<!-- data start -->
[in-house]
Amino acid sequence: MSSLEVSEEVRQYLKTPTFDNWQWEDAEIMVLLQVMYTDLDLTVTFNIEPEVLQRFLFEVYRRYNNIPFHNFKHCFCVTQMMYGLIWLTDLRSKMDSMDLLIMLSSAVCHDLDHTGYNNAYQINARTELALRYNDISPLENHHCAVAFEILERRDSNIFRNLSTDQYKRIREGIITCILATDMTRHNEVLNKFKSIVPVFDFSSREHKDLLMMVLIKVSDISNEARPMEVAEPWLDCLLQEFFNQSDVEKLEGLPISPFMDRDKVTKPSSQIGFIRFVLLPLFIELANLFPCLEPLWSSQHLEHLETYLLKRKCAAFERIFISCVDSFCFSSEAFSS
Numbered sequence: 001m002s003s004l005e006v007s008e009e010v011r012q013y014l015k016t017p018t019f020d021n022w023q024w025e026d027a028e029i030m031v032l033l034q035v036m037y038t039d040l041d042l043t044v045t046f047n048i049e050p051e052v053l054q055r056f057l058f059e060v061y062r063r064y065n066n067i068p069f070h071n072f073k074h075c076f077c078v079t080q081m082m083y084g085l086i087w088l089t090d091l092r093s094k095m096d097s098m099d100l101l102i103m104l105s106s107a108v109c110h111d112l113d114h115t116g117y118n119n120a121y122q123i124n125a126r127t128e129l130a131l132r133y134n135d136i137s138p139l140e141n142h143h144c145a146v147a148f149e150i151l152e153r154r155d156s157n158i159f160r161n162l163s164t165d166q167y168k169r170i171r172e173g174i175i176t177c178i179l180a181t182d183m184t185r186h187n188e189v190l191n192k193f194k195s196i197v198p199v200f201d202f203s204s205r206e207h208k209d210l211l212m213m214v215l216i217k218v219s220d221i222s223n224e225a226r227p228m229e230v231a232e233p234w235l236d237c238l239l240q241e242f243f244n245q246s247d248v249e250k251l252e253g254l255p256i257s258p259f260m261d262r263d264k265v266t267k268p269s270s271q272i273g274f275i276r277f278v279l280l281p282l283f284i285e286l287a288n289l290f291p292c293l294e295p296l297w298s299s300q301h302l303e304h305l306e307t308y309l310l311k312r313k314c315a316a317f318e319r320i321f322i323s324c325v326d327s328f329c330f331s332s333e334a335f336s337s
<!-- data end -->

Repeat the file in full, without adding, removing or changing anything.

[in-house]
Amino acid sequence: MSSLEVSEEVRQYLKTPTFDNWQWEDAEIMVLLQVMYTDLDLTVTFNIEPEVLQRFLFEVYRRYNNIPFHNFKHCFCVTQMMYGLIWLTDLRSKMDSMDLLIMLSSAVCHDLDHTGYNNAYQINARTELALRYNDISPLENHHCAVAFEILERRDSNIFRNLSTDQYKRIREGIITCILATDMTRHNEVLNKFKSIVPVFDFSSREHKDLLMMVLIKVSDISNEARPMEVAEPWLDCLLQEFFNQSDVEKLEGLPISPFMDRDKVTKPSSQIGFIRFVLLPLFIELANLFPCLEPLWSSQHLEHLETYLLKRKCAAFERIFISCVDSFCFSSEAFSS
Numbered sequence: 001m002s003s004l005e006v007s008e009e010v011r012q013y014l015k016t017p018t019f020d021n022w023q024w025e026d027a028e029i030m031v032l033l034q035v036m037y038t039d040l041d042l043t044v045t046f047n048i049e050p051e052v053l054q055r056f057l058f059e060v061y062r063r064y065n066n067i068p069f070h071n072f073k074h075c076f077c078v079t080q081m082m083y084g085l086i087w088l089t090d091l092r093s094k095m096d097s098m099d100l101l102i103m104l105s106s107a108v109c110h111d112l113d114h115t116g117y118n119n120a121y122q123i124n125a126r127t128e129l130a131l132r133y134n135d136i137s138p139l140e141n142h143h144c145a146v147a148f149e150i151l152e153r154r155d156s157n158i159f160r161n162l163s164t165d166q167y168k169r170i171r172e173g174i175i176t177c178i179l180a181t182d183m184t185r186h187n188e189v190l191n192k193f194k195s196i197v198p199v200f201d202f203s204s205r206e207h208k209d210l211l212m213m214v215l216i217k218v219s220d221i222s223n224e225a226r227p228m229e230v231a232e233p234w235l236d237c238l239l240q241e242f243f244n245q246s247d248v249e250k251l252e253g254l255p256i257s258p259f260m261d262r263d264k265v266t267k268p269s270s271q272i273g274f275i276r277f278v279l280l281p282l283f284i285e286l287a288n289l290f291p292c293l294e295p296l297w298s299s300q301h302l303e304h305l306e307t308y309l310l311k312r313k314c315a316a317f318e319r320i321f322i323s324c325v326d327s328f329c330f331s332s333e334a335f336s337s